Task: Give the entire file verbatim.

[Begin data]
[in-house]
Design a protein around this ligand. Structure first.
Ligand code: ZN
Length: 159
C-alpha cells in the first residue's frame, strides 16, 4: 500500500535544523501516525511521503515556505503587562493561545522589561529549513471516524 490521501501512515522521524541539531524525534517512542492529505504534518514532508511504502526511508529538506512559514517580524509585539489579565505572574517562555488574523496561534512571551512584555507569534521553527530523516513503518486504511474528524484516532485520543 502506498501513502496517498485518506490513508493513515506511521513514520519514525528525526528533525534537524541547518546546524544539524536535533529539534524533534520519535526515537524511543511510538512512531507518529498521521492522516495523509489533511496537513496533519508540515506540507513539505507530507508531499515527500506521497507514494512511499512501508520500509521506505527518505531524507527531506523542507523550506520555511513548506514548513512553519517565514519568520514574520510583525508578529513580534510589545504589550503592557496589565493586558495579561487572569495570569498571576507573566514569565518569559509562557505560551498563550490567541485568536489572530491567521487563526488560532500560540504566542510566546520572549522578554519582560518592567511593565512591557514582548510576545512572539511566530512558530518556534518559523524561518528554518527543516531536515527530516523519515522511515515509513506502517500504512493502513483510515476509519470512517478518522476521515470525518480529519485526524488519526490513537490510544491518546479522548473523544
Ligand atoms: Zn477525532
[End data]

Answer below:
[in-house]
Design a protein around this ligand. Structure first.
Ligand code: ZN
Length: 159
C-alpha cells in the first residue's frame, strides 16, 4: 500500500535544523501516525511521503515556505503587562493561545522589561529549513471516524 490521501501512515522521524541539531524525534517512542492529505504534518514532508511504502526511508529538506512559514517580524509585539489579565505572574517562555488574523496561534512571551512584555507569534521553527530523516513503518486504511474528524484516532485520543 502506498501513502496517498485518506490513508493513515506511521513514520519514525528525526528533525534537524541547518546546524544539524536535533529539534524533534520519535526515537524511543511510538512512531507518529498521521492522516495523509489533511496537513496533519508540515506540507513539505507530507508531499515527500506521497507514494512511499512501508520500509521506505527518505531524507527531506523542507523550506520555511513548506514548513512553519517565514519568520514574520510583525508578529513580534510589545504589550503592557496589565493586558495579561487572569495570569498571576507573566514569565518569559509562557505560551498563550490567541485568536489572530491567521487563526488560532500560540504566542510566546520572549522578554519582560518592567511593565512591557514582548510576545512572539511566530512558530518556534518559523524561518528554518527543516531536515527530516523519515522511515515509513506502517500504512493502513483510515476509519470512517478518522476521515470525518480529519485526524488519526490513537490510544491518546479522548473523544
Ligand atoms: Zn477525532